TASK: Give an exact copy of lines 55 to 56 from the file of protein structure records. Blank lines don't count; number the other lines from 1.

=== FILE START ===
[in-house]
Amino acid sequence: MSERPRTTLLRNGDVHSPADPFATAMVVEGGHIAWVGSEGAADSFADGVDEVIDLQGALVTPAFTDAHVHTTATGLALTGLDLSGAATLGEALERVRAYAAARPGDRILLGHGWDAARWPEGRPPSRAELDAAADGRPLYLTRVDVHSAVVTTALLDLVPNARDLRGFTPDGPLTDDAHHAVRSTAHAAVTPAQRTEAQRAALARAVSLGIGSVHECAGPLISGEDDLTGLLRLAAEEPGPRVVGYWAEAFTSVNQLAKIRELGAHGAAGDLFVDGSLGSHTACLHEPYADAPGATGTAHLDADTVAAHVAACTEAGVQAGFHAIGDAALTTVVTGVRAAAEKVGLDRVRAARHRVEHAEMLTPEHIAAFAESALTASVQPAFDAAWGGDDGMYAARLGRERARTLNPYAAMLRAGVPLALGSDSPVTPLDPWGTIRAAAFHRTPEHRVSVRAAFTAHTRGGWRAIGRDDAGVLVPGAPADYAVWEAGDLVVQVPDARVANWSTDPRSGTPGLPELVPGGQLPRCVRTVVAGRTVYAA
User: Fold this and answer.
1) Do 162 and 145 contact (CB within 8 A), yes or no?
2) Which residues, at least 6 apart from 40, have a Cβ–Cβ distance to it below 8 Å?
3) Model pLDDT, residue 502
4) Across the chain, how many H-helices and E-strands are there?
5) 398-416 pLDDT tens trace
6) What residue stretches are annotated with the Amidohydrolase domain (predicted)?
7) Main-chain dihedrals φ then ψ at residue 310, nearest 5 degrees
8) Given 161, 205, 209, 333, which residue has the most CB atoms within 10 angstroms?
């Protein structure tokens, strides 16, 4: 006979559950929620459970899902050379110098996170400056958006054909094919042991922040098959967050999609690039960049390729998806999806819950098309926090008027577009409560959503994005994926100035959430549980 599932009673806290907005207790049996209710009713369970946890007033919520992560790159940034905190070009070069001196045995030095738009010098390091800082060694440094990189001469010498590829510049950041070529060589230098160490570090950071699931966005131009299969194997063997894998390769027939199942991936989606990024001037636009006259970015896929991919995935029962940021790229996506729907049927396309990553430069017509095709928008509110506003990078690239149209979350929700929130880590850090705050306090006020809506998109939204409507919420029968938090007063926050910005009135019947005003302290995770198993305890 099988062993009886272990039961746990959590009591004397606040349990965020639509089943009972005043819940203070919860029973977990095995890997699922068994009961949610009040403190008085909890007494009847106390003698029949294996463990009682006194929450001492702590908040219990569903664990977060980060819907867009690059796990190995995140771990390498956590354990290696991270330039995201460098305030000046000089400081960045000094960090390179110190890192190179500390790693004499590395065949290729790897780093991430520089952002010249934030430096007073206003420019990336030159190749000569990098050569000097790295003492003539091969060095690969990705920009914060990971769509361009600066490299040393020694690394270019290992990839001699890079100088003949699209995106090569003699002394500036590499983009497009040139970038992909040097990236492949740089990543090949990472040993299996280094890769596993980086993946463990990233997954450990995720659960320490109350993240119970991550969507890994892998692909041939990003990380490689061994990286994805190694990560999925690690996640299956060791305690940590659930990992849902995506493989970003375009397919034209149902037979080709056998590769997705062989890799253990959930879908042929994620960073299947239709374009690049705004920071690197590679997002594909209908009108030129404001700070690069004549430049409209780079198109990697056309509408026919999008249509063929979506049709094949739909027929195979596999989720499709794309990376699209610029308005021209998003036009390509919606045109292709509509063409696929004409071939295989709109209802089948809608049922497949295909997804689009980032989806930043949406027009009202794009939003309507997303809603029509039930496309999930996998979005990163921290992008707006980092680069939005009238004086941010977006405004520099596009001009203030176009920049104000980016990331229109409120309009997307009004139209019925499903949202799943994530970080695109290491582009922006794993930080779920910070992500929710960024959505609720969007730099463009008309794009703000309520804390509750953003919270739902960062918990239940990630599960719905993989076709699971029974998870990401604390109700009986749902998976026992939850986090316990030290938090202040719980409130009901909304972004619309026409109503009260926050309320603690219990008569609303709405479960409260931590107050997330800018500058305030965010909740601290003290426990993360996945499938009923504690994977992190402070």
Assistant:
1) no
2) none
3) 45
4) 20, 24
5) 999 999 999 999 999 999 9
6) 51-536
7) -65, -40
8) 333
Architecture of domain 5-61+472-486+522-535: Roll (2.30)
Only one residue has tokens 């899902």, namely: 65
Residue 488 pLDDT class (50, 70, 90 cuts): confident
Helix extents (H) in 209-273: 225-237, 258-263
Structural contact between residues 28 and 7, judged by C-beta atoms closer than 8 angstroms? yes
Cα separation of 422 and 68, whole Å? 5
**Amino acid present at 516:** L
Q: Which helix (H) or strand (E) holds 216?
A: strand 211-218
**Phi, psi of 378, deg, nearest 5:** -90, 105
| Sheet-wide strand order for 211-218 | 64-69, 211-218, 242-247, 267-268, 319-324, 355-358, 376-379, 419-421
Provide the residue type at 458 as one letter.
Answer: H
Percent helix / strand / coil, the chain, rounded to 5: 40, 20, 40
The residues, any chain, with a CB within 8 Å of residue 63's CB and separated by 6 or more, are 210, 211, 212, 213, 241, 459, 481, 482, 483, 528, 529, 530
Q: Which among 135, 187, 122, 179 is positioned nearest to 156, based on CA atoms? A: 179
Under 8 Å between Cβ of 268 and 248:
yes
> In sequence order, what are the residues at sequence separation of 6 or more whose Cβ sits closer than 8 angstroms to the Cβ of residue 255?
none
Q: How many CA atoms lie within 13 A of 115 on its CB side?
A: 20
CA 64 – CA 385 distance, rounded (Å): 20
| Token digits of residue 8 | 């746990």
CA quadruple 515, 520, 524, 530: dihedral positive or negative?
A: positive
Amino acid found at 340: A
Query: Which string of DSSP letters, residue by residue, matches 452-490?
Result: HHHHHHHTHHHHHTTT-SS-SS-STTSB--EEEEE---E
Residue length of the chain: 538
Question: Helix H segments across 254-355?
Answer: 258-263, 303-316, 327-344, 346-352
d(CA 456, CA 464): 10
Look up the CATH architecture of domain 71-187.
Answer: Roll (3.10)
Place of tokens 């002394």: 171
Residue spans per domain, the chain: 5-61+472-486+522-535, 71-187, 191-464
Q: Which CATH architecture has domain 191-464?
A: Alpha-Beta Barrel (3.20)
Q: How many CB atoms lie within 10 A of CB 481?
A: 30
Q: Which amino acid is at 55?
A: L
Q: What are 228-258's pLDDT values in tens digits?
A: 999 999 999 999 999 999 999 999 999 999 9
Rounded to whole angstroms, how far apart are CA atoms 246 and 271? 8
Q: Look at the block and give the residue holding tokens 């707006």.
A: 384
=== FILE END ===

Look up the CATH architecture of domain 71-187.
Answer: Roll (3.10)